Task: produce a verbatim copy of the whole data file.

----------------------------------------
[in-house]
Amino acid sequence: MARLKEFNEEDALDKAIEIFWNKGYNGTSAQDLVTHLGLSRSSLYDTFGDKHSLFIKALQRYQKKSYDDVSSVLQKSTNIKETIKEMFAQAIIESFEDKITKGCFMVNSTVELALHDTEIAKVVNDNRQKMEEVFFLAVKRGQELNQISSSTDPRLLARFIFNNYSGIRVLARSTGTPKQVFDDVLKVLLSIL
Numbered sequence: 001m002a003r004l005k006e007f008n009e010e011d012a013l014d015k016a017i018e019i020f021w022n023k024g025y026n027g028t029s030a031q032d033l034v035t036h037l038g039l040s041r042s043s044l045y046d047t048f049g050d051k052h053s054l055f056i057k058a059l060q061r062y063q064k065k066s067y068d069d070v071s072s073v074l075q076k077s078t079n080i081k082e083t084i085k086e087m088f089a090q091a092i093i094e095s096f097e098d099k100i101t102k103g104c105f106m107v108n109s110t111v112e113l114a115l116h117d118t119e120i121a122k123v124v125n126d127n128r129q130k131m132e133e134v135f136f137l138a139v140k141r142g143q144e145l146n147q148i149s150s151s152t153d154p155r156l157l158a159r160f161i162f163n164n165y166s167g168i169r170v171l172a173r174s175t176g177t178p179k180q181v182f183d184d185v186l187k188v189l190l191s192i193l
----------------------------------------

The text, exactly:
[in-house]
Amino acid sequence: MARLKEFNEEDALDKAIEIFWNKGYNGTSAQDLVTHLGLSRSSLYDTFGDKHSLFIKALQRYQKKSYDDVSSVLQKSTNIKETIKEMFAQAIIESFEDKITKGCFMVNSTVELALHDTEIAKVVNDNRQKMEEVFFLAVKRGQELNQISSSTDPRLLARFIFNNYSGIRVLARSTGTPKQVFDDVLKVLLSIL
Numbered sequence: 001m002a003r004l005k006e007f008n009e010e011d012a013l014d015k016a017i018e019i020f021w022n023k024g025y026n027g028t029s030a031q032d033l034v035t036h037l038g039l040s041r042s043s044l045y046d047t048f049g050d051k052h053s054l055f056i057k058a059l060q061r062y063q064k065k066s067y068d069d070v071s072s073v074l075q076k077s078t079n080i081k082e083t084i085k086e087m088f089a090q091a092i093i094e095s096f097e098d099k100i101t102k103g104c105f106m107v108n109s110t111v112e113l114a115l116h117d118t119e120i121a122k123v124v125n126d127n128r129q130k131m132e133e134v135f136f137l138a139v140k141r142g143q144e145l146n147q148i149s150s151s152t153d154p155r156l157l158a159r160f161i162f163n164n165y166s167g168i169r170v171l172a173r174s175t176g177t178p179k180q181v182f183d184d185v186l187k188v189l190l191s192i193l